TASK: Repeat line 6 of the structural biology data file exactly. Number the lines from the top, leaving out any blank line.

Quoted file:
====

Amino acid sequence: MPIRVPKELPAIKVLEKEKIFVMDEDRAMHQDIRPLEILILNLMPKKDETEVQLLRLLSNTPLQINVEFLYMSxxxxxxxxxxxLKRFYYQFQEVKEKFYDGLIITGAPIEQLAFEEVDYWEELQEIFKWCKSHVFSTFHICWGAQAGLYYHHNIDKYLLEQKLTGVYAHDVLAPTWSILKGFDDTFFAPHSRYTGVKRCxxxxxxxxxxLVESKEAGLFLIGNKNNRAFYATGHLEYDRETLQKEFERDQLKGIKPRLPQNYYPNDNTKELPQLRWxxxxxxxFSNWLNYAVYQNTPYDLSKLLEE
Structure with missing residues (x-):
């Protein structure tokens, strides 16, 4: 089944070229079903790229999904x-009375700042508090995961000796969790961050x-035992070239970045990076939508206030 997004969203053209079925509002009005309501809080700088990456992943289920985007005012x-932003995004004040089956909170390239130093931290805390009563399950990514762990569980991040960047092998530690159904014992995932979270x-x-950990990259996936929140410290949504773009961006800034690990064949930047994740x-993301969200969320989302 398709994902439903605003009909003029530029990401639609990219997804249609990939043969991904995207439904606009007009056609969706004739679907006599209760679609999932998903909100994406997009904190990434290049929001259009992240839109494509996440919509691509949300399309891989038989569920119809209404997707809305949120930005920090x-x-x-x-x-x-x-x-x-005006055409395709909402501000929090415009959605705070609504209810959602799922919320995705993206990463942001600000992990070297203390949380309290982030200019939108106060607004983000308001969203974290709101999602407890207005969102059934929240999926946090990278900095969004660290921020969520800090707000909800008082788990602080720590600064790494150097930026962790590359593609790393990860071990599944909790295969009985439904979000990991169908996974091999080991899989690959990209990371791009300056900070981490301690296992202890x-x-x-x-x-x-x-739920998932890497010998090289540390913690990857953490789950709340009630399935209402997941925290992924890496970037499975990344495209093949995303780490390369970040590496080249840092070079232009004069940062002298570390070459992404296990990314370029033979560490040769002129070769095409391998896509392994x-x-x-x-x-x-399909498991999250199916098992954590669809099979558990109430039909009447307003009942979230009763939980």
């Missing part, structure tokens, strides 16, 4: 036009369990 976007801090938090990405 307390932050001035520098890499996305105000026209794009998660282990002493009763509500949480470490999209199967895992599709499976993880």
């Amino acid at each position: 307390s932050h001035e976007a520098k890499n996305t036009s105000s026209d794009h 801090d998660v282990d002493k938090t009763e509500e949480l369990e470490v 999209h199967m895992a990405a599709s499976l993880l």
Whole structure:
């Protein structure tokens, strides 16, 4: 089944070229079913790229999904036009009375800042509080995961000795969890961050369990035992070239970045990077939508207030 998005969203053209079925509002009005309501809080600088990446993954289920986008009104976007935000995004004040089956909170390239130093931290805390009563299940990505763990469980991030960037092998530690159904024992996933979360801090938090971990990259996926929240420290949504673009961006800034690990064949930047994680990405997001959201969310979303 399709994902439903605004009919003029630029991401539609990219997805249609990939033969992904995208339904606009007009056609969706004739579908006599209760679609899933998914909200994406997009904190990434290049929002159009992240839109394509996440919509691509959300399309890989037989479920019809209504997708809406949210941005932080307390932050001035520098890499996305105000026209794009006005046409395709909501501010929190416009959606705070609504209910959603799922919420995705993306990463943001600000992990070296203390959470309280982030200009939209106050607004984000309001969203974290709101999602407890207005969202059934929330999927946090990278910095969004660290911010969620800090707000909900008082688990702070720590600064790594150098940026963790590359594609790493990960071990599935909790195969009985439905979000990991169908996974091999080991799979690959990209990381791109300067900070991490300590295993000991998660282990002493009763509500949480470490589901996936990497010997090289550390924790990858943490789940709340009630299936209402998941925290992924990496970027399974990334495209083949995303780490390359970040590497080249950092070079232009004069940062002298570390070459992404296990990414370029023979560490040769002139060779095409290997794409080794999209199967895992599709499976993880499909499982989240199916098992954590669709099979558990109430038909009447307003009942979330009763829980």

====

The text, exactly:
Whole structure: